And now people suddenly say “Why is not everything an object in Java”? (And they are probably the same people…)
The fact is that Java would have had a MUCH harder time being widely adopted commercially had it not made some of the compromises it has. Had it not made the compromise on the split type system (with primitive types and objects types) for efficiency’s sake, the hurdle might have been difficult to overcome.
A similar compromise is the choice of syntax. The important concepts (the object orientation model) is influenced by a set of languages (including, for example, Modula-3), but the syntax is based on C. That’s just horrible, from where I’m sitting, but I think it was necessary. Java was initially marketed as a “cleaned up C++” (which is essentially a lie, but a convenient lie). In fact, it differs so substantially from C++ in all concepts that really matter that the similarity is just skin deep. But it helped perpetuate the myth for a while that “if you know C++, you almost know Java”, and encouraged programmers to look at the language and switch.
See, there are basically two types of programming languages. There are research languages that introduce new features and experiment with them. They are usually not commercially successful, but advance programming language design as a discipline. And then there are consolidation languages that take and combine a selection of the best features and mould them into a single, coherent, commercially viable language. Java is such a language.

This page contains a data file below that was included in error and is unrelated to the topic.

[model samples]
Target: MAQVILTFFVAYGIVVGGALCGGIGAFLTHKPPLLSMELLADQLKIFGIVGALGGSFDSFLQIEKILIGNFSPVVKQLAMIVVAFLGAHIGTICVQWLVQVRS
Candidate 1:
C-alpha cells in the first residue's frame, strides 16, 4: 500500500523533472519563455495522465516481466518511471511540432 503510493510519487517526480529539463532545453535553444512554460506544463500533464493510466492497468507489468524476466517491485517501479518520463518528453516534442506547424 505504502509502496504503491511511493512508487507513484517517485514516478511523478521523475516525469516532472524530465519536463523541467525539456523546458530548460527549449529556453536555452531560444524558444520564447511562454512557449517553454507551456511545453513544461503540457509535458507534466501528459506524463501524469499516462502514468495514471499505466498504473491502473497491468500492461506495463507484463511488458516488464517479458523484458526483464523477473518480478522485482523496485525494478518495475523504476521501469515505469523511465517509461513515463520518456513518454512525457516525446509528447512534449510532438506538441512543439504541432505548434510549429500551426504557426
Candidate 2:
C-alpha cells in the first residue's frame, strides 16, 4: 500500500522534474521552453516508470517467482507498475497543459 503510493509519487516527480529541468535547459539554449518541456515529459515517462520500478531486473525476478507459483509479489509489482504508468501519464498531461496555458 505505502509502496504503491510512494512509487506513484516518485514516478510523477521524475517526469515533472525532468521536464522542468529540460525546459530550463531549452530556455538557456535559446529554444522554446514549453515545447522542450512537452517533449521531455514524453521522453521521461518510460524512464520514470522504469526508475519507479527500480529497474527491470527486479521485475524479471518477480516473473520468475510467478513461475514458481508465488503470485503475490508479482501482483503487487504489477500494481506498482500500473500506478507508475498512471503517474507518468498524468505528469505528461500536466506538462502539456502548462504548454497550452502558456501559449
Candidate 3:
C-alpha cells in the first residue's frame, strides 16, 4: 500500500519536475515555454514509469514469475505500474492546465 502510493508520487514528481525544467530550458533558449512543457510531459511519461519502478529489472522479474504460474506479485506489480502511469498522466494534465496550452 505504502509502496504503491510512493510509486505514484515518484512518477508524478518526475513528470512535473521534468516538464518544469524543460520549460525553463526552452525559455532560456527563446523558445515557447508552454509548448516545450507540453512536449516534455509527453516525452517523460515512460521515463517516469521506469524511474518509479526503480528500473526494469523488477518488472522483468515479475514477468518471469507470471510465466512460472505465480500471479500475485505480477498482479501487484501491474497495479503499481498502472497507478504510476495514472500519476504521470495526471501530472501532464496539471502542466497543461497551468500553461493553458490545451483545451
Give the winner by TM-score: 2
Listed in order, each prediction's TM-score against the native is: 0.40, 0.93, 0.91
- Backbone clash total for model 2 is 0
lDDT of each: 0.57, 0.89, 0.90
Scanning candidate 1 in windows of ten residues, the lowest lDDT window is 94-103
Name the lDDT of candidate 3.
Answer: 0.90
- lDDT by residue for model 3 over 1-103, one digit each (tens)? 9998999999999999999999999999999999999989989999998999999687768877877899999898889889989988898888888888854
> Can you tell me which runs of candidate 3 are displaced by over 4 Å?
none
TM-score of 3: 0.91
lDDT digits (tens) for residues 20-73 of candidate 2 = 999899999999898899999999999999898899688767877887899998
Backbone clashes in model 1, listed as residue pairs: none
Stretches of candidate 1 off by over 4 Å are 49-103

To do this, one has to make compromises. Getting a language widely adopted is very, very, very hard. I think the compromises made by the initial Java team were very clever and obviously paid off. Not often was a language such a clear step forward as Java was in 1995.
All language design is compromise. Everyone who has ever designed a language knows that. It is incredibly easy to pick a single feature and criticise it, but you are usually ignoring a whole stack of other forces and arguments that play into it as well.
That we discuss how to evolve a language has nothing to do with trying to imply that things were wrong at the time. To take a critical discussion of possible new language features and to turn it into a silly my-language-is-better-than-yours squabble is the most primitive, short-sighted reaction possible.
Every successful language has its strength. Denying that Java has its strong points is just silly. Arguing that one language is better than another is equally silly. No language is better than another full stop. A language is better than another one only for a given purpose. Passing value judgements without context is just saying “a screwdriver is better than a loaf of bread”. So?
It is easy to look back now in hindsight and say “but Scala/Python/Haskell/Squeak [insert your hobby horse here] does feature X so much better”. That might be true.
But language design with the goal of creating a widely useful commercial language is not about single features. It is about the compromises you have to make to successfully build up a whole ecosystem of technology and support, and that includes many more things. Java runs today on desktops, enterprise systems, web platforms, embedded systems – essentially unchanged. This is an achievement that shows an amazing engineering foresight and success that has not often been reached.
Anyone who doesn’t recognise this just doesn’t understand the last 20 years of programming language history.